How to help your Baby and Toddler sleep better during the Summertime

Photographer:  Layce Bauman Photography

Summertime, is that you old girl? 

Finally the days are longer, the sun feels hotter....and your baby is waking up suddenly WAY too early every morning.  Or your toddler's naps suddenly last so long, that it's becoming difficult to put them down at night.  You also begin to even think about not traveling together until they are 18, because when you return home, things are a mess and sleep habits are out the window.  Today on the blog, we will be talking all about the mysteries surrounding sleep in the summertime, how you can avoid potential sleep hurdles at home or while traveling with children, and sharing our secret tips to help your child embrace sleep!

Your child begins to wake up every morning before 6am.

Every parent will inevitably watch the sun rise with their baby or toddler at some point, due to a bad dream, night terror or illness.  However, if your child regularly goes to bed around 8pm, then any waking before 6am (or after only 10 hours of sleep) can be defined as "Early Rising".  Early rising is characterized by your child acting like he or she is ready to go for the day with all the energy you'd expect from yourself after a few cups of coffee- you know it's much too early, but why is this happening morning after morning?  A couple of clues could lie in your schedule: a child that skips an afternoon nap during the summer due to social events (or just plain having fun) could result in an overtired child, thus they will "crash" at bedtime, but due to the extended window of time spent awake, could possibly wake up much earlier than usual.  If you choose to allow your baby or toddler up before 6am and shift your schedule back to accommodate, slowly this will become your child's new internal rhythm.  Invest in a black out shade (our favorite is this one) and a nightlight that illuminates and turns colors, or sings music when it's time for an older child to wake up for the morning (our favorite one here, a MAJOR sleep must have!).

After vacation, you return home...and your child suddenly now refuses to fall asleep on their own, experiences night wakings, or refuses to nap.

Oh boy.  Many parents will joke that vacations are now described as "family trips", meaning it's not always a vacation for everyone involved.  While traveling, sleep can be heavily disrupted due to changing sleep environments, inconsistent schedules, and perhaps even the introduction of a new sleep crutch for a parent desperate to keep a young infant quiet in a house full of family members.

We recommend traveling with a favorite stuffed animal or blanket, and always packing your DockaTot to keep your baby's environment as normal as possible.  Once home, return to your "home routine" as quickly as possible, and prepare for some mild pushback, especially if a bed or room was shared by a parent while traveling.  To ease your child back into your old routines surrounding bedtime, a reward chart for bedtime can assist an older child understand and accept your sleep wishes. A pair of new pajamas can even be an exciting way to encourage healthy sleep habits for younger toddlers!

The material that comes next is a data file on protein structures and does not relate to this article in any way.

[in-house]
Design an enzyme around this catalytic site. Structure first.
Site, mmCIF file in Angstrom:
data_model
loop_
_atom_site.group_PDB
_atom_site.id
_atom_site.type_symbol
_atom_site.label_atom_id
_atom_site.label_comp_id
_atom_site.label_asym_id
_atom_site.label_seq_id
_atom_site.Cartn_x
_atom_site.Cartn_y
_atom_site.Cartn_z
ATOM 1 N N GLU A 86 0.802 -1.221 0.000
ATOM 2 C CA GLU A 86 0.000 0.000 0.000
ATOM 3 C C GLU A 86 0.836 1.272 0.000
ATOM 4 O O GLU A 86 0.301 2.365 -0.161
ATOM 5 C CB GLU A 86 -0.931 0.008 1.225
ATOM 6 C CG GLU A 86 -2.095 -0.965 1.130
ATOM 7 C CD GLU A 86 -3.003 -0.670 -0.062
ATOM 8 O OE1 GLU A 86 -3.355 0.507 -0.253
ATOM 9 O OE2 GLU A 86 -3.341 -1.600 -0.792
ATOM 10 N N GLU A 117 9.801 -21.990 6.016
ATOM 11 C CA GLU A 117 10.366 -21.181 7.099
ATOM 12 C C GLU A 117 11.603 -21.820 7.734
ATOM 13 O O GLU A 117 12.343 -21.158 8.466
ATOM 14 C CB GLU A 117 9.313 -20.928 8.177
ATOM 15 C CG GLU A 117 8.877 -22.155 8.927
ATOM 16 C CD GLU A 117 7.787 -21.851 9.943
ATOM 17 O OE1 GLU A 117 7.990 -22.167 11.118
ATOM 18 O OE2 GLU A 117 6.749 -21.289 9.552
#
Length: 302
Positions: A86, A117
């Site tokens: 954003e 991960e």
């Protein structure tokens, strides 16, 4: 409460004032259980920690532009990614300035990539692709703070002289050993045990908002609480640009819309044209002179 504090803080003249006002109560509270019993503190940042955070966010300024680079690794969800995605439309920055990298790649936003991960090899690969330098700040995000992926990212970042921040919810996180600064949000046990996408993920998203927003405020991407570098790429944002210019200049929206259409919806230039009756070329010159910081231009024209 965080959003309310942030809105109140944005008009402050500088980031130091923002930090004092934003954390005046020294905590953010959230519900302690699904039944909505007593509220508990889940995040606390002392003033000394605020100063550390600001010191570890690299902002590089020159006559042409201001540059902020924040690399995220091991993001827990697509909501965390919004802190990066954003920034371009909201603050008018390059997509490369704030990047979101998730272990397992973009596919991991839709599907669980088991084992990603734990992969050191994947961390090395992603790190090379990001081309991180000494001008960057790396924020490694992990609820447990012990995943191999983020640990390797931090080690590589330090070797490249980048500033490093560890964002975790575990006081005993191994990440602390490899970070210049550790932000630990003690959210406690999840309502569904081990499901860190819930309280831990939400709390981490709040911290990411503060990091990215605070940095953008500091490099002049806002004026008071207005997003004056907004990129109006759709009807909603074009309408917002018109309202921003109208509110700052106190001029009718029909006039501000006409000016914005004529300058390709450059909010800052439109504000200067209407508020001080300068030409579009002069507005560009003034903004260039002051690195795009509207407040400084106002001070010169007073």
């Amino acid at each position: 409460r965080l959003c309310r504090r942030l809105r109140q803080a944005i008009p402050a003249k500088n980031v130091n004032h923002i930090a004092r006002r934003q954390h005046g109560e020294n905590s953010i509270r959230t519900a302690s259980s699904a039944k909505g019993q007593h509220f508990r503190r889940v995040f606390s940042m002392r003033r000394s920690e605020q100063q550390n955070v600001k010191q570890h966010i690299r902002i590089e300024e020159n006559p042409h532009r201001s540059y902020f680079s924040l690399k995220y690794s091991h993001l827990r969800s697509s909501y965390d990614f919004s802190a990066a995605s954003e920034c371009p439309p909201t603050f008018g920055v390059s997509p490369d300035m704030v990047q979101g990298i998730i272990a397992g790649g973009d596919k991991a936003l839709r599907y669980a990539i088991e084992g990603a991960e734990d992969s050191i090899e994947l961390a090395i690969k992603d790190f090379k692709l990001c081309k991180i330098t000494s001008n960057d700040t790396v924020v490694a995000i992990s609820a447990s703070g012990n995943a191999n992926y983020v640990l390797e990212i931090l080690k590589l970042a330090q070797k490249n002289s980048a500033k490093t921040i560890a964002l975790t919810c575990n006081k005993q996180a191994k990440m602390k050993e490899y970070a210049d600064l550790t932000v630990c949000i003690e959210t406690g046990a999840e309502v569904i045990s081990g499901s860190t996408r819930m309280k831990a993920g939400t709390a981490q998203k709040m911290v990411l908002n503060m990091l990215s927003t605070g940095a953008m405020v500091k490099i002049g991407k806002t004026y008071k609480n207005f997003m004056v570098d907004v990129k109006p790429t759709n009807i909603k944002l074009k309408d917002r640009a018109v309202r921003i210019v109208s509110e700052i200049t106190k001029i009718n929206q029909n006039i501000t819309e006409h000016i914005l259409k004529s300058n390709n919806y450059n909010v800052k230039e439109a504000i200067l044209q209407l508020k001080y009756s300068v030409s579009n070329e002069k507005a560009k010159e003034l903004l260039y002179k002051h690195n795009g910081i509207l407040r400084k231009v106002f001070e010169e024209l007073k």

travel sleep with toddlers summertime help

Decide on a consistent, yet flexible summer schedule.

The key to staying on schedule when the sun rises much early and sets MUCH too late, is adhering to a consistent, yet flexible summertime schedule that involves physical & mental stimulation for your young child.  A good rule of thumb is that from the time a child wakes in the morning, he or she should go to bed about 13 hours after waking for the day, leaving the next 11 hours reserved for sleep.  Be sure to offer a nap to those under three years, or allow children to catch a quick catnap in the car or stroller should they need one.  If holidays or family gatherings push bedtime back further than usual, your child may wake at the same time the following day (or earlier as discussed above), so be sure to offer a nap slightly earlier than normal the following day, and return to his or her normal bedtime thereafter.  If you feel like your schedule could use an update, or your child is ready to drop one or all of their naps, visit our Custom Schedule page here.

Child complains of being thirsty, scared, or cold at night.

Physical activity for most children peaks in the summertime, the season packed with bbq's and three-day weekends where everyone stays up too late.  Due to an increased level of physical activity, children may complain of being midnight.  Should you choose to allow a drink in the middle of the night, only offer water to those children no longer requiring a feed at night (our favorite light-up sippy cup here!), avoid juices and milks which can contain sugars.  With the air conditioners pumping, always dress your baby or toddler in organic long sleeve pajamas to increase the likelihood of comfort and warmth, like these from Finn and Emma.  For children that may wake suddenly and experience nightmares, or simply are afraid of the dark, introduce a "nighttime friend" that is only offered at bedtime, and encourage your child to hold/squeeze/sing to their friend should they wake worried at night (vs. coming to wake you up, eek!).  We LOVE this light-up plush from the Disney store, which illuminates when pressed and extremely soft. (Note that the AAP recommends nothing in the crib under 12 months of age).

For more professional Baby & Toddler Sleep Ideas and Help, visit

 As always, contact me if you need any help and I'll be glad to take a look at your situation and recommend some great fixes that fit your lifestyle and child's temperament, using your parenting style!  Happy Sleeping!

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